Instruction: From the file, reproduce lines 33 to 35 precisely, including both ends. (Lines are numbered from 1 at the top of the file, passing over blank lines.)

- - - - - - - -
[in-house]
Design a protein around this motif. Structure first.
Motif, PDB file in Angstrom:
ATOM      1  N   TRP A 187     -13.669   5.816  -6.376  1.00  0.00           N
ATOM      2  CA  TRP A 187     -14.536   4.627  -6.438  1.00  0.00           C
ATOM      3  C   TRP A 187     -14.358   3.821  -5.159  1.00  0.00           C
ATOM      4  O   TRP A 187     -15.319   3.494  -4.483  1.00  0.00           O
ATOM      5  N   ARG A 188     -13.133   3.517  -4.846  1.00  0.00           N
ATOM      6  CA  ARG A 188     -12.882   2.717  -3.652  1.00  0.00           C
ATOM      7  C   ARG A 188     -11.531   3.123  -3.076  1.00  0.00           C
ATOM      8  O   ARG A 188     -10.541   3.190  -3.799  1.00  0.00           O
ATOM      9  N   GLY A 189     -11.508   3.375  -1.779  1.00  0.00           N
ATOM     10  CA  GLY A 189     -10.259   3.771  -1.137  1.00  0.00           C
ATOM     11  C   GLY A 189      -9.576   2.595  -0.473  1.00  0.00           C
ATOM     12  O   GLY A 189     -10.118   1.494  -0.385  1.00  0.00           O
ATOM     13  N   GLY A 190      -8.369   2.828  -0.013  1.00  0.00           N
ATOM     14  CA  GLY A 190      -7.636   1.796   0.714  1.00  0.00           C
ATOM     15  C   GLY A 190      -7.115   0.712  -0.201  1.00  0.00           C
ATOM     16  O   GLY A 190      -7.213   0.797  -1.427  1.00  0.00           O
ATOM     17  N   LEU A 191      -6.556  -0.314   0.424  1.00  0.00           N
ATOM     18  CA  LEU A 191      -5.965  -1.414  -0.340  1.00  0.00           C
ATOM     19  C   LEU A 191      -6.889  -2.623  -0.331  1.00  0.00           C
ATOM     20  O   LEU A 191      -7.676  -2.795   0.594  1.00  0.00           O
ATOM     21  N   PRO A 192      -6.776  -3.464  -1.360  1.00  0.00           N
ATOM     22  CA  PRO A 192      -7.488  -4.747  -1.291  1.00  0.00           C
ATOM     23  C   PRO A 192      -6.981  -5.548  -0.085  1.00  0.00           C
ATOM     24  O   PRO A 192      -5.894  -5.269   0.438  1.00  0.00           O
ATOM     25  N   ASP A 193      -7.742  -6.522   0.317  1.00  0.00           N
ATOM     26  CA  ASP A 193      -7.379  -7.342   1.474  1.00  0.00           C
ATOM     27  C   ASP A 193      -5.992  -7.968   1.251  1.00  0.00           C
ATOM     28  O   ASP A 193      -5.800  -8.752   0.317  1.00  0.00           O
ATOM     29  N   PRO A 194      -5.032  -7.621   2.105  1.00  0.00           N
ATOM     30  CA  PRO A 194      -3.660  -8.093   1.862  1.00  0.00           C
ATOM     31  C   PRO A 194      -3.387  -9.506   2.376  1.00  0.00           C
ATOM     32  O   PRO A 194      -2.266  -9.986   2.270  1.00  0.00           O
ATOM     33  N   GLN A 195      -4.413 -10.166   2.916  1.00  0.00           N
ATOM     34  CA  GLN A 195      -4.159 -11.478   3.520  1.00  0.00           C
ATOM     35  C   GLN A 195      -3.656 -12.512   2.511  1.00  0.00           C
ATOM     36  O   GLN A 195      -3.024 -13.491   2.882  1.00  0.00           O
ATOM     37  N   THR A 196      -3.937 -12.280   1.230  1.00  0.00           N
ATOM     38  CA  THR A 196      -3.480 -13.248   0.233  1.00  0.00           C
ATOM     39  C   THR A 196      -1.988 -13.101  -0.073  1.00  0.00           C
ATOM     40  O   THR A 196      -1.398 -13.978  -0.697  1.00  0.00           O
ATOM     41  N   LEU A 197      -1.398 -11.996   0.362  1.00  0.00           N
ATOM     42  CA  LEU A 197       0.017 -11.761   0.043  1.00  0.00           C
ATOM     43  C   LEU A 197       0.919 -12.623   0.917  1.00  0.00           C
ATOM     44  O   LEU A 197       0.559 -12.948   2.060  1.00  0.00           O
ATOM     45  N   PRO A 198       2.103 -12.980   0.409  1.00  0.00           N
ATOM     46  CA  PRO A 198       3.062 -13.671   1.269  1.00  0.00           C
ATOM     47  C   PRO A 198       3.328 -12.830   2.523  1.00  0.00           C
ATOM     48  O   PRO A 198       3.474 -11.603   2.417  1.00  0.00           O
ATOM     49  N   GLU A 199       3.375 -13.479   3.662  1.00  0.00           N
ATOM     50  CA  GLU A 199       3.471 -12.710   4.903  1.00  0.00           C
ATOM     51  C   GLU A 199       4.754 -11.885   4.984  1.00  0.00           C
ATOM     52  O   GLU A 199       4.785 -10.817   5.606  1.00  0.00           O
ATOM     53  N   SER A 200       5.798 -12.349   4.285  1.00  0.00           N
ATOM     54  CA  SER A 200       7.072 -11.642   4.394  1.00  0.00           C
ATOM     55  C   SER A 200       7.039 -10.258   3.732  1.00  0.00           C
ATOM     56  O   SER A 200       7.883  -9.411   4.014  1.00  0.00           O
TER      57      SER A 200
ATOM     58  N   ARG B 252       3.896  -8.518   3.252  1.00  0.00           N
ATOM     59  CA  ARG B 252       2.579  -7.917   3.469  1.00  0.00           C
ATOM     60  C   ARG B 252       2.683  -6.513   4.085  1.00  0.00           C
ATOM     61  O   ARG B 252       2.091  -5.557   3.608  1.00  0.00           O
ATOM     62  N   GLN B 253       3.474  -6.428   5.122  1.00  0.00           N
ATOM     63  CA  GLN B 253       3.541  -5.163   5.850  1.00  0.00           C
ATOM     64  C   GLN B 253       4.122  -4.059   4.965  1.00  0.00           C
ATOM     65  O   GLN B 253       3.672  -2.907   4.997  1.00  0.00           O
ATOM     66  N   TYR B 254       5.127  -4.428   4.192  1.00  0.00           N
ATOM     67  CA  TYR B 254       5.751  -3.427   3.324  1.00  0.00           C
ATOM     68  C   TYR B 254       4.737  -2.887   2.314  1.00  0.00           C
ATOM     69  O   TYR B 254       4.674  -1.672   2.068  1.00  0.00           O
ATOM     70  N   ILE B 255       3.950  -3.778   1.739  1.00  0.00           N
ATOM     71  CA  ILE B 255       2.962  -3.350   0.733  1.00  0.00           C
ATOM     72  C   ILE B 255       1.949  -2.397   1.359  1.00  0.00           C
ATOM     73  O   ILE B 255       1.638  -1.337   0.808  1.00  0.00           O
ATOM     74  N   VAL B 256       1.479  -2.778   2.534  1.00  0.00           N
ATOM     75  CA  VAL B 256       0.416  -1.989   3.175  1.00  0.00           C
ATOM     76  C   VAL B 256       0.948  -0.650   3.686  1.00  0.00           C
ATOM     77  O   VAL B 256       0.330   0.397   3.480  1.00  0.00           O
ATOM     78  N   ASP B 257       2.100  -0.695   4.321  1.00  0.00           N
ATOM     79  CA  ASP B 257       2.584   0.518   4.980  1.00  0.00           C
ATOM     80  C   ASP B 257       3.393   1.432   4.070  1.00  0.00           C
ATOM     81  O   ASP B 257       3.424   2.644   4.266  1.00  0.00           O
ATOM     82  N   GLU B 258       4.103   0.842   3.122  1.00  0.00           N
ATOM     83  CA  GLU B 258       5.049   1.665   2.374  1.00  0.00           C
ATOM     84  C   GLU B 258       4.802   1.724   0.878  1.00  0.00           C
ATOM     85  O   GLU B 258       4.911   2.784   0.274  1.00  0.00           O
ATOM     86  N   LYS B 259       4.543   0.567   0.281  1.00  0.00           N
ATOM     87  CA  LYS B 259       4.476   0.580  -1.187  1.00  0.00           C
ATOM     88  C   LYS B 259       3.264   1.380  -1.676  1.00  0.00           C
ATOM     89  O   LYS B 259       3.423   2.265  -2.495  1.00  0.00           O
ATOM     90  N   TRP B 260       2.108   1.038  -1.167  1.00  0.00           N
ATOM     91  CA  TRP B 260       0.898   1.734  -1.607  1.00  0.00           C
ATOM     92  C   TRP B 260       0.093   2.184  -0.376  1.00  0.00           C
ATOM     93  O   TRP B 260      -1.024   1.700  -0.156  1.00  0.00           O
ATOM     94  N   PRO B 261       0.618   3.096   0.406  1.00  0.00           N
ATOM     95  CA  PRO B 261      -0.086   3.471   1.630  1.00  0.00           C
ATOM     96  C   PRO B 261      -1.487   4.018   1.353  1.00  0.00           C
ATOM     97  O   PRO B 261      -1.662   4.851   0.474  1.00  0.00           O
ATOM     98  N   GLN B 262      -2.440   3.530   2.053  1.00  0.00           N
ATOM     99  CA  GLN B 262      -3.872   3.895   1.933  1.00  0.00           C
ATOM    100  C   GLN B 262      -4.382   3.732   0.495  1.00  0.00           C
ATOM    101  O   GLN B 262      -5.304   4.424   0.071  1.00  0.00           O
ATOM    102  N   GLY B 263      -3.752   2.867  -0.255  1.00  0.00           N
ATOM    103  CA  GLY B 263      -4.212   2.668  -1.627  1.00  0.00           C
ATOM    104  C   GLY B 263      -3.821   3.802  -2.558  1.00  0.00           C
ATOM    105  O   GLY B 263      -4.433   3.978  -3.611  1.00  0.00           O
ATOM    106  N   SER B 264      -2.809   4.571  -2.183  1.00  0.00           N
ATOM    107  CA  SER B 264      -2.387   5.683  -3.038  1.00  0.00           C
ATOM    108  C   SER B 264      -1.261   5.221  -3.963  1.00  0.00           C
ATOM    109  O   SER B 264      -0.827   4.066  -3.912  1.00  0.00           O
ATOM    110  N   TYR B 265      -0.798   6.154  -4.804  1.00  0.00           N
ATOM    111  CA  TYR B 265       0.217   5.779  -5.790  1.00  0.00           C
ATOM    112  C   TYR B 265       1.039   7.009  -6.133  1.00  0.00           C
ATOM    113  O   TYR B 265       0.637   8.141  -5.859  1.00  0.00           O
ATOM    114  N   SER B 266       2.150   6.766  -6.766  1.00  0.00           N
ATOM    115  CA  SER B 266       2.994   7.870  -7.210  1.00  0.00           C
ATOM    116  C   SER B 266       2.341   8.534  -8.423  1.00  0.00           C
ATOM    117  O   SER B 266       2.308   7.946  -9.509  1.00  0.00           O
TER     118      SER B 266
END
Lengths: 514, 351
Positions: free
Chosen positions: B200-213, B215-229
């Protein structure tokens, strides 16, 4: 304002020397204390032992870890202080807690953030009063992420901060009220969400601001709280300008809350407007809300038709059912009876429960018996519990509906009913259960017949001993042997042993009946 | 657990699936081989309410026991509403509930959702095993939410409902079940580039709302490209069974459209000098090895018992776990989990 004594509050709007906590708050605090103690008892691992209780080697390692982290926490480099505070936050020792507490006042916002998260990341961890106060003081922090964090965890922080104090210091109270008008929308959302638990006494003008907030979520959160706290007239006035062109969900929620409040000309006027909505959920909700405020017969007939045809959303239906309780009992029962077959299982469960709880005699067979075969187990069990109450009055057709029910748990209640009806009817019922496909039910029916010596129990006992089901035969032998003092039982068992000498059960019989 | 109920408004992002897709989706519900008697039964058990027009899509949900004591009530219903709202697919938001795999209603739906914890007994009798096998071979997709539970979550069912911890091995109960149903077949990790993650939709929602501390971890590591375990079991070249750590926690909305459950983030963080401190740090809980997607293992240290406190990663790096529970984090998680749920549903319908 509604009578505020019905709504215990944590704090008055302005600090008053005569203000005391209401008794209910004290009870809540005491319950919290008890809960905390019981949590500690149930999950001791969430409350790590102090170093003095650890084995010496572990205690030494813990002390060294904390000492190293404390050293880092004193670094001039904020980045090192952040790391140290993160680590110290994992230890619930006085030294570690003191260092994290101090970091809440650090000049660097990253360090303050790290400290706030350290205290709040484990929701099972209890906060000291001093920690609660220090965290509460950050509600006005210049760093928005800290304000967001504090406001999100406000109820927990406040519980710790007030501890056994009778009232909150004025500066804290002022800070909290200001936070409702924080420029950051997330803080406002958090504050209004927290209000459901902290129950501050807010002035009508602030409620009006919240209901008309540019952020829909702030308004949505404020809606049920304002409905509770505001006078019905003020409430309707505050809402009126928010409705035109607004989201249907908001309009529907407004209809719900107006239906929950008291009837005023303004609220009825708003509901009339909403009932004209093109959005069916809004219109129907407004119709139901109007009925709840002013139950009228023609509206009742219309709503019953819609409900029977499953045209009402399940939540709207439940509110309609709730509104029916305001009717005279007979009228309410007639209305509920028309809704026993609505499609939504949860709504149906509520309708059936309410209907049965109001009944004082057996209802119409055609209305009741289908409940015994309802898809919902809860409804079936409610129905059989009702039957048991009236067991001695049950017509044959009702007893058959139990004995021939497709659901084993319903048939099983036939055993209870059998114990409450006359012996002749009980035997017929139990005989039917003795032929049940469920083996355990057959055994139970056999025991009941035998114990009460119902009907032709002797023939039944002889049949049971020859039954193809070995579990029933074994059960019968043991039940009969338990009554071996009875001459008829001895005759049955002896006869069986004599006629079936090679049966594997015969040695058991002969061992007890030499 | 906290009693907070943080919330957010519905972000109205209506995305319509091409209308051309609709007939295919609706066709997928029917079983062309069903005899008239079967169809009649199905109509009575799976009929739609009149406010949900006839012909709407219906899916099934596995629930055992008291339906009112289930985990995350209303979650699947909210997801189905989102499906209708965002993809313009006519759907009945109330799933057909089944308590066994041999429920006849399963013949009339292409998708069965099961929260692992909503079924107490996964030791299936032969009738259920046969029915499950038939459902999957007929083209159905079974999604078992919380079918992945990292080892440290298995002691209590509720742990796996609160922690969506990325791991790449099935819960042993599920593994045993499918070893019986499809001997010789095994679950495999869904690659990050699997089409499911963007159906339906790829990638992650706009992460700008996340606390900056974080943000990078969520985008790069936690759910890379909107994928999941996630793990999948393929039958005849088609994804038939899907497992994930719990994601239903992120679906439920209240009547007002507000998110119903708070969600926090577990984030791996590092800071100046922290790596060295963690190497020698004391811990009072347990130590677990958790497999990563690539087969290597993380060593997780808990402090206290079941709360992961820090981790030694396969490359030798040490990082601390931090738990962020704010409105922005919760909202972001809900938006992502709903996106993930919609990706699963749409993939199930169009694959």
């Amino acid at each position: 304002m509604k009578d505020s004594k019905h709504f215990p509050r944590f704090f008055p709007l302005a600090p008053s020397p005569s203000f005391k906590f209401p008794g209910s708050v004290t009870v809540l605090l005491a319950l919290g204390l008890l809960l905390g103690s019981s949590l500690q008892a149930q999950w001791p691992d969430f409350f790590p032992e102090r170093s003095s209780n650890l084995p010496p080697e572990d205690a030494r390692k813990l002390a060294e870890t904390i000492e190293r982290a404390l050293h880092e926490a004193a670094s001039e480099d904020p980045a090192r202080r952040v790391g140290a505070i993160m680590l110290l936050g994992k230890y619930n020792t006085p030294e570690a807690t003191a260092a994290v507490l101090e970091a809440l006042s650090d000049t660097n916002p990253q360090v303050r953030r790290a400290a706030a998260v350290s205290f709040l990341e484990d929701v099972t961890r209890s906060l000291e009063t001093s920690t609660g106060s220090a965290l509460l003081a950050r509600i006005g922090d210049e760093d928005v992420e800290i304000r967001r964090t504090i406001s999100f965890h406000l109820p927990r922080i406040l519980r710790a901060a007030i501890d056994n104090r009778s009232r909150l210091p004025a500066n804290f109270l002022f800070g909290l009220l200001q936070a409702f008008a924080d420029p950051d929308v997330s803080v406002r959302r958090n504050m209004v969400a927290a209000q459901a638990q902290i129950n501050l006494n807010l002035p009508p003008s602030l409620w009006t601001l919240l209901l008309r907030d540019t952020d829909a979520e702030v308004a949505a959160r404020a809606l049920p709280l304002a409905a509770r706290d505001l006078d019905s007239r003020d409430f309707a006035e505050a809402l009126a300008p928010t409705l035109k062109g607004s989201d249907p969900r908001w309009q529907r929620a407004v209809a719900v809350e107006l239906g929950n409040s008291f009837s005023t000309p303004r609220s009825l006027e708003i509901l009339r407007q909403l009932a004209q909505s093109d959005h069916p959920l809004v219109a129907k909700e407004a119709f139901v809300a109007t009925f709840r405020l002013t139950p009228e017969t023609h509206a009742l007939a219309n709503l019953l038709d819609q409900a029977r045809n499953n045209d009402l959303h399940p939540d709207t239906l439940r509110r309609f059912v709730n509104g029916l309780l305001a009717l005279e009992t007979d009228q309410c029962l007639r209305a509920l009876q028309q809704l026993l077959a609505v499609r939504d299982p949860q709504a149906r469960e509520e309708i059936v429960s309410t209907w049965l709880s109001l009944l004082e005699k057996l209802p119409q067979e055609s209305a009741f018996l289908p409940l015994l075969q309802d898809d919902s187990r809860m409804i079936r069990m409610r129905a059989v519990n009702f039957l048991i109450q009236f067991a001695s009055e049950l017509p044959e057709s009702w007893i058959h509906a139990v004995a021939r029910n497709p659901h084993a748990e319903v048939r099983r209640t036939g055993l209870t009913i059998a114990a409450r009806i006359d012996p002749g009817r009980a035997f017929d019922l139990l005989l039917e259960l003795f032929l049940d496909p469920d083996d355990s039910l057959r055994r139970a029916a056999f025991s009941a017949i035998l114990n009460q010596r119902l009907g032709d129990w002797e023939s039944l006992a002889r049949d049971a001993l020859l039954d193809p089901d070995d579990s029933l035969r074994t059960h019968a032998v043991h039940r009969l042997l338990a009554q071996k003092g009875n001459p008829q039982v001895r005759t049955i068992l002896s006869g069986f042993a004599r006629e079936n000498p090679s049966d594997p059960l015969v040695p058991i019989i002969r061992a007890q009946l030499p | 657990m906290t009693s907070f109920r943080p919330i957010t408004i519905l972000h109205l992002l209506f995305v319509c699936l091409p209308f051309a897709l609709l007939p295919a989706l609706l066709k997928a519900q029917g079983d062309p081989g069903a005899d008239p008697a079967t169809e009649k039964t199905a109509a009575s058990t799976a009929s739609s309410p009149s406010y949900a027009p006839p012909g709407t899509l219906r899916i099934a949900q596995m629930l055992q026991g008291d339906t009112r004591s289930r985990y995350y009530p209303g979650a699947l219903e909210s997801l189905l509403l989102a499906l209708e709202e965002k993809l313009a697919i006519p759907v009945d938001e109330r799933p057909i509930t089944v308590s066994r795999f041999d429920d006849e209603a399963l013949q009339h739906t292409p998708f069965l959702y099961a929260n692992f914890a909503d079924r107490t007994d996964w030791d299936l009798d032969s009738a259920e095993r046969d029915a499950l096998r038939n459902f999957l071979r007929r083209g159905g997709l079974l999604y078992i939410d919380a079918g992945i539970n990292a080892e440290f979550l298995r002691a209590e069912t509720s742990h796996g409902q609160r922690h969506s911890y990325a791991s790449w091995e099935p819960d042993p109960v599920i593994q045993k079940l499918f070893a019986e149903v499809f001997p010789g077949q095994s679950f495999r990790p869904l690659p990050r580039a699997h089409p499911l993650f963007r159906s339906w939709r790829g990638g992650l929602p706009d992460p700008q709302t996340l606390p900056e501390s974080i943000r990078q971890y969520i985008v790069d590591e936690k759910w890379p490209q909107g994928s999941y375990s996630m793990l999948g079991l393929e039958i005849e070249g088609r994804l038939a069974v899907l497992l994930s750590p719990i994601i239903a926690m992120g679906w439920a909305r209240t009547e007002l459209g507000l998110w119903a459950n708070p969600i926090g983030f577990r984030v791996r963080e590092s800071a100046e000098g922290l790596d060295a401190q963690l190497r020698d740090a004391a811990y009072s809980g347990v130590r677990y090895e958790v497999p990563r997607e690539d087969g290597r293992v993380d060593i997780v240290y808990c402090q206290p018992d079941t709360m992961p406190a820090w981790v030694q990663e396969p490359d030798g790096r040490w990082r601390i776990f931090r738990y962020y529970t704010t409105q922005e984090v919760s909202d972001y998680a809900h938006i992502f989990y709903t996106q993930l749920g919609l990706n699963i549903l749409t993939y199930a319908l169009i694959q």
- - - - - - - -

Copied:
ATOM     30  CA  PRO A 194      -3.660  -8.093   1.862  1.00  0.00           C
ATOM     31  C   PRO A 194      -3.387  -9.506   2.376  1.00  0.00           C
ATOM     32  O   PRO A 194      -2.266  -9.986   2.270  1.00  0.00           O